Menu labelling means providing nutrition information on the menu or menu board in restaurants and foodservice establishments.

Why Menu Labelling?

It is common to underestimate the amount of calories and sodium in restaurant meals. You may be surprised at the levels of calories and sodium in some dishes that seem “healthy.” Calorie and sodium levels vary widely from restaurant to restaurant and there’s no way to know what you’re getting unless you have nutrition information.

Many restaurant chains already provide nutrition information to customers who ask for it. This is a good first step but very few people ask to see nutrition information.

A University of Toronto study on sodium and calories at popular chain restaurants in Canada showed the following results:

Restaurant 1

Salad, the healthier choice

470 calories
570 mg of sodium

vs Hamburger, the less healthier choice

700 calories
1050 mg of sodium

Restaurant 2

Salad with a red X through it

500 calories
1700 mg of sodium

vs Hamburger, the healthier choice

538 calories
938 mg of sodium


The amount of calories and sodium varies widely from restaurant to restaurant because:

  • Portion sizes are different
  • Ingredients are different
  • Side dishes are different


These examples show that restaurant dishes that seem similar can have very different nutritional profiles.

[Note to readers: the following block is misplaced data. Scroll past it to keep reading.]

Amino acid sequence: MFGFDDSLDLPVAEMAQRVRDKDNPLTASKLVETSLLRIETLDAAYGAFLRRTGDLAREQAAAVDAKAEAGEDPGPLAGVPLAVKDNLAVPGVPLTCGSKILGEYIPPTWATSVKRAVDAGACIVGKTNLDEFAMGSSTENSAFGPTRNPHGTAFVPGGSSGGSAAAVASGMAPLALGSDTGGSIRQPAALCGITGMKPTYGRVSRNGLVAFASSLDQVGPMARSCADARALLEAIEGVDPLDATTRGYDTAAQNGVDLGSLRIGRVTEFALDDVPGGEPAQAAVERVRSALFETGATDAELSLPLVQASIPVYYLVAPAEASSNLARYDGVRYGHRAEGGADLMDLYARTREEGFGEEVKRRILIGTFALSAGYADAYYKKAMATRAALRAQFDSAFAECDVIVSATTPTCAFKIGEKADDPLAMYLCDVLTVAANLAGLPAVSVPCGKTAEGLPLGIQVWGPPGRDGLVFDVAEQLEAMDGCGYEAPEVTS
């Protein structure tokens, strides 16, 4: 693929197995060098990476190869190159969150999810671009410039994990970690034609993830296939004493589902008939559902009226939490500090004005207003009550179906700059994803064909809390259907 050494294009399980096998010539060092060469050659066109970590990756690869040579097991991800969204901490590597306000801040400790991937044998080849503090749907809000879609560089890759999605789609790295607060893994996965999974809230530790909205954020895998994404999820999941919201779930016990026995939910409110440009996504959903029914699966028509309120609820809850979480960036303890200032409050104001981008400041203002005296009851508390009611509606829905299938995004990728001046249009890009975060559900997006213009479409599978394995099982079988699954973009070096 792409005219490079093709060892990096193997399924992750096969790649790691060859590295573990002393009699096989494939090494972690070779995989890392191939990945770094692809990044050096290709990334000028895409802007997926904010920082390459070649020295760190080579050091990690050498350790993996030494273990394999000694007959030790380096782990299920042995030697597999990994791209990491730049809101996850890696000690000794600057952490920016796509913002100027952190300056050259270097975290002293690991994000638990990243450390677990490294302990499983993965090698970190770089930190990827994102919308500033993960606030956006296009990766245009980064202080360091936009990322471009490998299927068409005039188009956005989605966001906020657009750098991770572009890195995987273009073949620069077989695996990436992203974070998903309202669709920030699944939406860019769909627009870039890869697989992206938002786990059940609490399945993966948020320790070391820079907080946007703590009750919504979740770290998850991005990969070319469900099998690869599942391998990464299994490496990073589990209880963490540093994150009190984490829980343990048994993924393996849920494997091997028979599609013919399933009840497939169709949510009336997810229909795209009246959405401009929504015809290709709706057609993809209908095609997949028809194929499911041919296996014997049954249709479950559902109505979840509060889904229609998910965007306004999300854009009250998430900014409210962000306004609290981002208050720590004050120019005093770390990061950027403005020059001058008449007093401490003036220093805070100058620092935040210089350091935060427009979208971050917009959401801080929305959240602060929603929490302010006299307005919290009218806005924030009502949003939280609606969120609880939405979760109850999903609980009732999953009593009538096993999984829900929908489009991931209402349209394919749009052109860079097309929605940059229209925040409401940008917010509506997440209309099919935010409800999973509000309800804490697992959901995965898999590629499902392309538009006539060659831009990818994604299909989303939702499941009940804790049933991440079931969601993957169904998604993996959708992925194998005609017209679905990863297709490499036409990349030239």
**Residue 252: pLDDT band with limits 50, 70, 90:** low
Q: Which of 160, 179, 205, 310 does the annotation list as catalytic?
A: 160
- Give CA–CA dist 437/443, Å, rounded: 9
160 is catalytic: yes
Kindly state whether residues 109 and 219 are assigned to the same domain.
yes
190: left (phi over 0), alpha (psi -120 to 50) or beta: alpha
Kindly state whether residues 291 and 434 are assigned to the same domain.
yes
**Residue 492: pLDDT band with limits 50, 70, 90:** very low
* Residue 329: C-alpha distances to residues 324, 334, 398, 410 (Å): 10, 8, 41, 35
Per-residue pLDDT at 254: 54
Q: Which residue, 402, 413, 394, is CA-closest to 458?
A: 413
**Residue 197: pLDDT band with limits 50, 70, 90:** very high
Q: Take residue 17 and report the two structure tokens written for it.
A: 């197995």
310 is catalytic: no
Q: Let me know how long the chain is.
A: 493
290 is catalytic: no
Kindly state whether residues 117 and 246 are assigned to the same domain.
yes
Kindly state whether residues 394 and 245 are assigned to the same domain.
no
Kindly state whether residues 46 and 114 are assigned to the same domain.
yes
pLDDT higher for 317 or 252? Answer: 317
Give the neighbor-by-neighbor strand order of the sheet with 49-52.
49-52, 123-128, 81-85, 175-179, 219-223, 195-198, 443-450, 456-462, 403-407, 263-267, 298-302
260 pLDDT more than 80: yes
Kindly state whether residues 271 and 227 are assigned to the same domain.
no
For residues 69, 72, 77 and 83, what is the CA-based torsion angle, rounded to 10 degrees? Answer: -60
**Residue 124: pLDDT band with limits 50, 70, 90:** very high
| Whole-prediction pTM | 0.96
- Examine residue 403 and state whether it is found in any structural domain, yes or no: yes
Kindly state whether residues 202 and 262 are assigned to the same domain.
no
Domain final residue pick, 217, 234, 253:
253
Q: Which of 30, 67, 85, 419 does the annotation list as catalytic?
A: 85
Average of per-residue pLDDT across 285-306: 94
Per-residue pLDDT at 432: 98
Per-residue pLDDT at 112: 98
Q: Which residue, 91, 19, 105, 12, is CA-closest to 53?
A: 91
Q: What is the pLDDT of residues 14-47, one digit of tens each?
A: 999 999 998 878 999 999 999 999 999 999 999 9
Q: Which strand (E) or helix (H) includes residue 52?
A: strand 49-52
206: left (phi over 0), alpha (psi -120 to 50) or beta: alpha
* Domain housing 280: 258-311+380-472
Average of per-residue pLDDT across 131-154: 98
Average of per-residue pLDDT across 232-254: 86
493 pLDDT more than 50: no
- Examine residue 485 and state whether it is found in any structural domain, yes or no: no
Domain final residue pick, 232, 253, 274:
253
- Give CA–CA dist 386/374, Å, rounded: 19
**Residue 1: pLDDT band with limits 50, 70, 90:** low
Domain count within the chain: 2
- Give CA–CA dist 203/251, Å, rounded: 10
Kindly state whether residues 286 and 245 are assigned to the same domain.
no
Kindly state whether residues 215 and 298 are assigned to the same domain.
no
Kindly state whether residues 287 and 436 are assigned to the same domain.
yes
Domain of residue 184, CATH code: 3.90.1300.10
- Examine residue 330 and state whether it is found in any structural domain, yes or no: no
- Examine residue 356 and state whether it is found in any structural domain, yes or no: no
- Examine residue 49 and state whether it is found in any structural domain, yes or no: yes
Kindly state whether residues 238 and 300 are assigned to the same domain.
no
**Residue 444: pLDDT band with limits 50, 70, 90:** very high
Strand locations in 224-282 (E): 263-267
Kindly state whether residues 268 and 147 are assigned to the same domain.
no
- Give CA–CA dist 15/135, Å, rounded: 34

Plate of spaghetti and meat sauce

Spaghetti Bolognese (meat sauce)
730 calories
1042 mg of sodium

vs Plate of spaghetti and meat balls

Spaghetti and Meat Balls
1730 calories
2750 mg of sodium

A single serving of chicken taco

Chicken Tacos appetizer
560 calories
900 mg of sodium

vs Large plate of nachos

Nachos appetizer
2060 calories
7060 mg of sodium

Menu labelling promotes food transparency and healthier eating environments. Menu labelling has been recommended by many experts, health organizations and health advocates including:

  • The Institute of Medicine
  • The Ontario Medical Association
  • Cancer Care Ontario, Public Health Ontario
  • Health Canada’s Sodium Reduction Working Group
  • Ontario’s Healthy Kids Panel
  • Centre for Science in the Public Interest
  • Fitness Industry Council of Canada

Savvy Diner Campaign

From 2013 to 2018, Toronto Public Health helped spread the word on the importance of having clear, readily available nutrition information on restaurant menus and helping consumers understand how to make healthier restaurant selections.

Partnering with Restaurants

We conducted a pilot project with small, independent restaurants in Toronto. Public Health Dietitians supported restaurant owner/operators to analyze their menus in order to provide clear nutrition information to their customers, right on the menu. Based on the pilot project findings, we are considering new initiatives to support this part of the restaurant industry. Stay tuned for new information on our website.


We have been a strong voice promoting legislation to make menu labelling a requirement for larger chain restaurants.

For more information, see:


Does nutrition and calorie information on menus influence food choices?

Canadian Cancer Society video on menu labeling and whether nutrition and calorie information on menus influence food choices.